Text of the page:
Tuesday, July 02, 2013

Airport official says charter doesn't block proposed sale of Braden Airpark

While the Lehigh-Northampton Airport Authority has given itself until October before it considers selling Braden Airpark, Executive Director Charles Everett said Monday Northampton County has no authority to block the sale.

The authority must pay $16 million by 2015 after losing a lengthy court battle over land adjacent to Lehigh Valley International Airport. In an effort to cut back on expenses and increase revenue, Executive Director Charles Everett recommended the authority sell Braden Airpark in Forks Township.

Walt Speck, a former member of the authority's board of governors, challenged the plan last month at a Northampton County Council committee meeting. Under its charter, the authority is tasked with owning and operating its three airports, including Braden Airpark, he noted. How could it sell Braden, he asked, without both counties' approval to alter the charter?

The question sent lawyers for both sides back to review the LNAA's articles of incorporation. Monday, Everett said authority solicitor Robert M. Donchez "believes we would be able to sell the airpark without the county's approval," Everett said. He declined to elaborate.

An email to Donchez seeking further reasoning was not immediately returned. 

County council solicitor Phil Lauer said he is still reviewing the matter but would offer his opinion at Northampton County Council's meeting today. Mike Alpago of the county solicitor's office said he is still reviewing the articles of incorporation.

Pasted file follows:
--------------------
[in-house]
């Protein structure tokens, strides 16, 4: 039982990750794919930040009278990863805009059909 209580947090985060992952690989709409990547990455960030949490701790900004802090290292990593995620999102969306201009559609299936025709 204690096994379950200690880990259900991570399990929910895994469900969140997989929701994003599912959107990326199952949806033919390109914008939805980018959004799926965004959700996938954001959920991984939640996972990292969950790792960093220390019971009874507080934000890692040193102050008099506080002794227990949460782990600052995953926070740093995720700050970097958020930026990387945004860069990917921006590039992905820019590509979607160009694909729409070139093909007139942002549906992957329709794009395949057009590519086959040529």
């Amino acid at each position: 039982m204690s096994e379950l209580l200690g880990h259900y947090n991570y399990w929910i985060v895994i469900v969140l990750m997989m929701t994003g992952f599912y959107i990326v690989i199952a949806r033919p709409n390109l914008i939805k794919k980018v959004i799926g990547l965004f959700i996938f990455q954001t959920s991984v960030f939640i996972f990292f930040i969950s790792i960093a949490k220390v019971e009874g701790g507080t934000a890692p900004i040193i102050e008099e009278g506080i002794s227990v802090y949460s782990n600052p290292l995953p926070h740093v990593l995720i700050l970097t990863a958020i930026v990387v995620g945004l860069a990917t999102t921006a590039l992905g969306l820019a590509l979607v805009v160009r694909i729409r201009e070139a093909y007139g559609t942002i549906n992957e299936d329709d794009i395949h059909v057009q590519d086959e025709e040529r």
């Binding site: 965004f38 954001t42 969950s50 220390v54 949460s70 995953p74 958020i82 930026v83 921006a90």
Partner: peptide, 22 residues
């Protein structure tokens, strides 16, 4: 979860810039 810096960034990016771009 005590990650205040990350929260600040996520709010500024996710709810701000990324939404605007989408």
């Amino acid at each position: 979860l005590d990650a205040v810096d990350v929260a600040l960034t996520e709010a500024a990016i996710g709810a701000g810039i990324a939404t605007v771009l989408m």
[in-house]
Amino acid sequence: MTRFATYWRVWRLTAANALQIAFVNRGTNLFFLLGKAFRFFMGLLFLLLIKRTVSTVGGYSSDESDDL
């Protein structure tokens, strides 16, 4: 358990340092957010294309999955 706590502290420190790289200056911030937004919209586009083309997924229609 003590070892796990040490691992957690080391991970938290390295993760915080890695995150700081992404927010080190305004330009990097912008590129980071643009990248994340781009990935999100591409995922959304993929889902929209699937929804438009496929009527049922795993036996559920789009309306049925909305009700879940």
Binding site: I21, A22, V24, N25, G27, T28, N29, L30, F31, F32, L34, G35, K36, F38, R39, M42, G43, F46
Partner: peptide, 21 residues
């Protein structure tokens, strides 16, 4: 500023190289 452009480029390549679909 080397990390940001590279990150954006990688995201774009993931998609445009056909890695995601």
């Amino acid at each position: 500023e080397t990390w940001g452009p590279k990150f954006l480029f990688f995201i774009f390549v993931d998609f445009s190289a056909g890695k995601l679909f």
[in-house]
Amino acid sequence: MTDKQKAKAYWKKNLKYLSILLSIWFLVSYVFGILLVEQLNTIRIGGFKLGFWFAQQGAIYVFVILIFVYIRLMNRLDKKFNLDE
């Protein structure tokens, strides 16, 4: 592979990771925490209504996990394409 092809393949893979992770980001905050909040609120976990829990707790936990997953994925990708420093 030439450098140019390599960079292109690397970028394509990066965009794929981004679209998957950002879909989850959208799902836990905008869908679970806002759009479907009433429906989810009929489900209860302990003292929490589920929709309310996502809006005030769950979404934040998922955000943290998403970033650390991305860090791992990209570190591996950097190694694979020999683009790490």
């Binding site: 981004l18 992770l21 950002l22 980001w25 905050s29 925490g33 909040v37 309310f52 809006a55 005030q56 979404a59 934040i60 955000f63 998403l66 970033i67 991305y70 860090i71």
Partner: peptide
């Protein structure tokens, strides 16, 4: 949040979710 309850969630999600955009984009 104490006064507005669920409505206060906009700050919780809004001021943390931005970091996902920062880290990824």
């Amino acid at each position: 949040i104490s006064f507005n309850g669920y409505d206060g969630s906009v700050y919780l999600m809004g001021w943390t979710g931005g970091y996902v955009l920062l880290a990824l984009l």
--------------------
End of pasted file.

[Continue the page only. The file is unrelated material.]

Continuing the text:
According to a 1994 amendment of the authority's articles of incorporation, the LNAA shall acquire, hold, construct, improve, maintain and operate buildings and property so it can produce revenue to own and operate Lehigh Valley International Airport, Queen City Airport and Braden Airpark.

The sale proposal has been derided by local pilots, and Northampton County Council members questioned the reasoning behind the move. It's believed the sale would only net the authority about $1 million, which would not make a serious impact on the debt.

Braden is the only public general aviation airstrip in the county and is the only public facility in the Lehigh Valley for experimental aircraft. Selling the airpark would end community outreach programs the authority should be embracing as smaller airlines abandon Lehigh Valley International Airport, said county Councilman Tom Dietrich.

“Aren’t you being counterproductive and still leaving you with a whole lot of debt?” Dietrich asked.
LNAA board member Bill Berger said Braden was profitable until Moyer Aviation Inc., which offered the flight lessons and charter flights, left in February after 16 years because of the uncertainty surrounding the airpark's future. Everett has disputed the claim, arguing Moyer's lease did not offset the airpark's annual $160,000 debt service.

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Braden Airpark  (N43), Easton, Pennsylvania

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